The Null Device
Posts matching tags 'ned kelly'
Two stories have recently made the Australian press: firstly, the government pushed through its sweeping "anti-terrorism" laws, rolling back presumptions of free speech and civil liberties taken for granted with no meaningful resistance; there being nothing in the way of a formal guarantee of rights in Australia, post-Whitlam institutions of free speech and civil liberties crumbled like so many sandcastles in the path of an incoming tide. Secondly, there was mass outcry as a convicted drug smuggler, Nguyen Tuong Van, was executed in Singapore, only to be reborn as a national symbol alongside the likes of Ned Kelly and Breaker Morant, with unofficial national moments of silence at the time of his execution and numerous strangers attending his funeral to pay their respects. It is quite likely that shrines will be erected in his honour.
On the surface, the two stories seem contradictory: though, on a deeper level, they are an example of the larrikin-wowser dynamic at the heart of Australian society. The crucial point being that Australia does not have a strong tradition of civil society. It has a strong tradition of authoritarian and paternalistic governance (from the penal-colony days, through the Menzies era to the present, minus an anomalous period of fashionable liberalism in the 1970s, 80s and 90s) and arbitrary authority exercised as a means to an end (such as has been manifested in the oft-publicised incidents of police corruption), and of censorious social conservatism of the sort that would not fly in more cosmopolitan parts of the world. It also has an opposing tradition of borderline contempt for authority and propriety; the larrikin tradition, manifesting itself in everything from the Rum Rebellion to the stencil art scene, not to mention in numerous incidents of political, artistic or cultural radicalism or impropriety and, of, course the summary transformation of anyone who dies in the course of pissing off authority — even if they were undoubtedly guilty of unsavoury crimes (and most Australians, presumably, do not condone armed robbery or heroin trafficking in principle) — into a folk saint of sorts, as we are seeing now.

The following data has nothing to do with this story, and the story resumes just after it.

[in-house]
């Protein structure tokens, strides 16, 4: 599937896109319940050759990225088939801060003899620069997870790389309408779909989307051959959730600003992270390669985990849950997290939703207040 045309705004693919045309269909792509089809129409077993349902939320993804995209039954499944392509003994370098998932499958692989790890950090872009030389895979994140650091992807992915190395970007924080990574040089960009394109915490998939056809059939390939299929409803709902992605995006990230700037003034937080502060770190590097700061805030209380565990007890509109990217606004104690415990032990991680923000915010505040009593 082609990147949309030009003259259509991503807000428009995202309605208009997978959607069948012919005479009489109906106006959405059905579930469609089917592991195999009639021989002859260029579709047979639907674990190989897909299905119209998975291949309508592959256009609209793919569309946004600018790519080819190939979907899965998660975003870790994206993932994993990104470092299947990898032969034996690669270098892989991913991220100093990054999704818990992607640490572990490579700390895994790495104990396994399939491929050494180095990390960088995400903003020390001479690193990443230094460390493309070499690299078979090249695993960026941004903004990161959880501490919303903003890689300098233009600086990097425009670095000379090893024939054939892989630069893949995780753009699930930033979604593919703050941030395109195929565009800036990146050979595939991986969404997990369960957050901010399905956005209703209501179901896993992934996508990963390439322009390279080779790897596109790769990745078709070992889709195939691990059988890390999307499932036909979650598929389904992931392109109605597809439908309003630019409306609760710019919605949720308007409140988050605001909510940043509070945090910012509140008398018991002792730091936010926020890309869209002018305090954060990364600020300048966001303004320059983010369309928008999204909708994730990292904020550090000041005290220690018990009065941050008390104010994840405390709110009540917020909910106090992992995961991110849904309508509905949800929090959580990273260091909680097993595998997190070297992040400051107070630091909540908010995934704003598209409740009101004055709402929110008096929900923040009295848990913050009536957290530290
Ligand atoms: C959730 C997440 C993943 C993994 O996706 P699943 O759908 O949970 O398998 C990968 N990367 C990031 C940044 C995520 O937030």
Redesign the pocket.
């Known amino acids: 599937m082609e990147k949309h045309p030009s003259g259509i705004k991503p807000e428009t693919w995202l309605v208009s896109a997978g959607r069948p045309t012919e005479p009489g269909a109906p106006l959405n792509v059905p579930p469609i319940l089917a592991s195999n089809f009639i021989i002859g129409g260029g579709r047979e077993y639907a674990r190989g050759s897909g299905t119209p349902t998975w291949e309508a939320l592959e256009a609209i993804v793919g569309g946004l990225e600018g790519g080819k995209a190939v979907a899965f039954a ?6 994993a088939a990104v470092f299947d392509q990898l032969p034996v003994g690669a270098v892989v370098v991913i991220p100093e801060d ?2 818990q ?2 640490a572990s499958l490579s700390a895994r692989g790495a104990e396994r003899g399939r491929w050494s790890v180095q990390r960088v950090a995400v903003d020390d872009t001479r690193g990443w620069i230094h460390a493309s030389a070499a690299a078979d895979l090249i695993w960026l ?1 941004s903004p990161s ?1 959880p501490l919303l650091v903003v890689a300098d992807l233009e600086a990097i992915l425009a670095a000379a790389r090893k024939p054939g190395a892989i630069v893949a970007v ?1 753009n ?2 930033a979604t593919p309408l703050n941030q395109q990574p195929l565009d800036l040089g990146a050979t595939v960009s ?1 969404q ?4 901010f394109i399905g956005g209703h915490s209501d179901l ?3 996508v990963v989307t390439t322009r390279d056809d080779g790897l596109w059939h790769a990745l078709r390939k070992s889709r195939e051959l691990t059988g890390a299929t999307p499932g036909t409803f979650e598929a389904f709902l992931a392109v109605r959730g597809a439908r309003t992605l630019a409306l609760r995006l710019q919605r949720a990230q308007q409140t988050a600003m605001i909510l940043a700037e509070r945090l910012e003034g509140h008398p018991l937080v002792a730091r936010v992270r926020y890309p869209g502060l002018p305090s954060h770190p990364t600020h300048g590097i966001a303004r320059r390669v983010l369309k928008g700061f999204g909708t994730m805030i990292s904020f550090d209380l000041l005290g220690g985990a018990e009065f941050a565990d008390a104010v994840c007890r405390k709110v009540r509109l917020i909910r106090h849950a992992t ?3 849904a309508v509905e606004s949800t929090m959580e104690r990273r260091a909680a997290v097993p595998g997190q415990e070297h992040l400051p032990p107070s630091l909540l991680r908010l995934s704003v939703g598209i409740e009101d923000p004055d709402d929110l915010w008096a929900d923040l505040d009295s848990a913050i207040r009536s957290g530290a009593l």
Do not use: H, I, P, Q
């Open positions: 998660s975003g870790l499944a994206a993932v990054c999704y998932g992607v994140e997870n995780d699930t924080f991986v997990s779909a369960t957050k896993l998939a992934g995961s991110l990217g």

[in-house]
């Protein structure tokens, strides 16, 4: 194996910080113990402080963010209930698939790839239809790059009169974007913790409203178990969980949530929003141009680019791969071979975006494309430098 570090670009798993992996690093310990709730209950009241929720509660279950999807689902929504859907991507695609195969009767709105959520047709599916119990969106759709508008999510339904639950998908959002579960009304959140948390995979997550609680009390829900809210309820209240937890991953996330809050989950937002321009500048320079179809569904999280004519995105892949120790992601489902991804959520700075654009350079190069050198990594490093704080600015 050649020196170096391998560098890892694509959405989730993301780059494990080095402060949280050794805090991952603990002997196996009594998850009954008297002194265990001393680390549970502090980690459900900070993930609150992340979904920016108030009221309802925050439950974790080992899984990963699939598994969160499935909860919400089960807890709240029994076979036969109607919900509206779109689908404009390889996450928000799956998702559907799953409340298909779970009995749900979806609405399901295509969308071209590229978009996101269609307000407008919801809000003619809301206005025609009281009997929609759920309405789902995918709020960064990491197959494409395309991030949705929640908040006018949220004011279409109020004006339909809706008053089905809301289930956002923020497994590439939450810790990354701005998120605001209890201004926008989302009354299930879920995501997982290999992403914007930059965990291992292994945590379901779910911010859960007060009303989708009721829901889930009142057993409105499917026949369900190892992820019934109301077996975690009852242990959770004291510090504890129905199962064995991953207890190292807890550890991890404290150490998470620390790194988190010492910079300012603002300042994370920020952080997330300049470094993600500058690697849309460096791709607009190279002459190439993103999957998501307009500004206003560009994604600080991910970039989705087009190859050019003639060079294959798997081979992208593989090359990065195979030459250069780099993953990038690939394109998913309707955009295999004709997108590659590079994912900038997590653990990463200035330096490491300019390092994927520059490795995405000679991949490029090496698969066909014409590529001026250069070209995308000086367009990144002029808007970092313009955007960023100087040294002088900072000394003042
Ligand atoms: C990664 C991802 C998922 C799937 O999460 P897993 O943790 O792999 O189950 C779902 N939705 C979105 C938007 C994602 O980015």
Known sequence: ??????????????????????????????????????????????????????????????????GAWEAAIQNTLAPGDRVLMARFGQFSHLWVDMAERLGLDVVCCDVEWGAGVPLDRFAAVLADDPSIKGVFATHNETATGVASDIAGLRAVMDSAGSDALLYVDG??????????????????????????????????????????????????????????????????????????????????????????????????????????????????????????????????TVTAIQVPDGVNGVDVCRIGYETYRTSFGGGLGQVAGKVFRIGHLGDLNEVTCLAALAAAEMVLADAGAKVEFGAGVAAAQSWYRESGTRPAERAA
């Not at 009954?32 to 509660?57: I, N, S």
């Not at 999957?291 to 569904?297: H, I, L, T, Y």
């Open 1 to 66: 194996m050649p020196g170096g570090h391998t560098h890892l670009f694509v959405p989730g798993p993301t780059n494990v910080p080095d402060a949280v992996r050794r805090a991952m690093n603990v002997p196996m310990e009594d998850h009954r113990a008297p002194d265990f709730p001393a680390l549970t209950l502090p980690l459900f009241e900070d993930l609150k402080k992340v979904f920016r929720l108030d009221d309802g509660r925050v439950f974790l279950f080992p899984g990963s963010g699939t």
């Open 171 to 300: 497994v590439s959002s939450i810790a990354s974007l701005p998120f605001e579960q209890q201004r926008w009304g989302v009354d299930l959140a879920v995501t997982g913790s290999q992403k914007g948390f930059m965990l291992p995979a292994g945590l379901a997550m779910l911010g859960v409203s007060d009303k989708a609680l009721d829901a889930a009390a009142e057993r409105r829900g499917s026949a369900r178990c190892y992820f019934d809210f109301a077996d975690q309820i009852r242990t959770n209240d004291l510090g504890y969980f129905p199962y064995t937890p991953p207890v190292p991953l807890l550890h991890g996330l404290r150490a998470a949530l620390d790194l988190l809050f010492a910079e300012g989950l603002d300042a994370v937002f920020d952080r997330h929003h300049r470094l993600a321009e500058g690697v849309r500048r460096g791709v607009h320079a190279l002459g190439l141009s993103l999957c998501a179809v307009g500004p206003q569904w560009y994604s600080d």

That's all very well, but the downside of this is that there is no centre to hold between the two; no entrenched, stable institutions of a liberal culture, but only a precarious balance in an ancient war between two extremes. Usually, these are well balanced, and things stay roughly where they are. Occasionally, one gets the upper hand, pushes the other back, and gains ground. It happened during the 1960s and 1970s, when the wave of cultural change that resonated through the Western world pushed back the the conservative status quo of Anglo-Saxon Protestant wowserism, itself undermined by the challenges of immigration and cosmopolitanism; it's happening in the opposite direction now, because of terrorism and the resulting culture of fear.